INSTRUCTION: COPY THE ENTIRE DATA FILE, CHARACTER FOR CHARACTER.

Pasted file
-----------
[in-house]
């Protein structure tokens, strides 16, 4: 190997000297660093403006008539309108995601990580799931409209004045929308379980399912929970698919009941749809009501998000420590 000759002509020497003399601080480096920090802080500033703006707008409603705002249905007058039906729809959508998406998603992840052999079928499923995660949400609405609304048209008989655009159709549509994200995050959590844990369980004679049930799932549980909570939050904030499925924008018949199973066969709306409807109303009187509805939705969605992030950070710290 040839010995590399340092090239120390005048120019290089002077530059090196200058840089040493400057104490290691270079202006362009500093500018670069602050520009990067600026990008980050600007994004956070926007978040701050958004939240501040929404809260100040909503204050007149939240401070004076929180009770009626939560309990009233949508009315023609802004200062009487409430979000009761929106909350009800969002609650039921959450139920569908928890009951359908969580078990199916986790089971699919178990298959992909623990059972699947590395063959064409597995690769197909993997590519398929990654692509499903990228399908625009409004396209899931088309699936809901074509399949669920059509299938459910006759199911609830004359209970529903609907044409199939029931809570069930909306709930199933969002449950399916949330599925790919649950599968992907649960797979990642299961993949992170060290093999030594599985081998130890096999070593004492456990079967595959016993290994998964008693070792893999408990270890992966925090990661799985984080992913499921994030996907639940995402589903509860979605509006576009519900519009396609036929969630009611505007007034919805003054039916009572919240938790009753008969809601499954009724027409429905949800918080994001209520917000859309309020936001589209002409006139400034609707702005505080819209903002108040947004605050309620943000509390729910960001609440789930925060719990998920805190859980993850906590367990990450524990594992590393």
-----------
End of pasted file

[in-house]
């Protein structure tokens, strides 16, 4: 190997000297660093403006008539309108995601990580799931409209004045929308379980399912929970698919009941749809009501998000420590 000759002509020497003399601080480096920090802080500033703006707008409603705002249905007058039906729809959508998406998603992840052999079928499923995660949400609405609304048209008989655009159709549509994200995050959590844990369980004679049930799932549980909570939050904030499925924008018949199973066969709306409807109303009187509805939705969605992030950070710290 040839010995590399340092090239120390005048120019290089002077530059090196200058840089040493400057104490290691270079202006362009500093500018670069602050520009990067600026990008980050600007994004956070926007978040701050958004939240501040929404809260100040909503204050007149939240401070004076929180009770009626939560309990009233949508009315023609802004200062009487409430979000009761929106909350009800969002609650039921959450139920569908928890009951359908969580078990199916986790089971699919178990298959992909623990059972699947590395063959064409597995690769197909993997590519398929990654692509499903990228399908625009409004396209899931088309699936809901074509399949669920059509299938459910006759199911609830004359209970529903609907044409199939029931809570069930909306709930199933969002449950399916949330599925790919649950599968992907649960797979990642299961993949992170060290093999030594599985081998130890096999070593004492456990079967595959016993290994998964008693070792893999408990270890992966925090990661799985984080992913499921994030996907639940995402589903509860979605509006576009519900519009396609036929969630009611505007007034919805003054039916009572919240938790009753008969809601499954009724027409429905949800918080994001209520917000859309309020936001589209002409006139400034609707702005505080819209903002108040947004605050309620943000509390729910960001609440789930925060719990998920805190859980993850906590367990990450524990594992590393």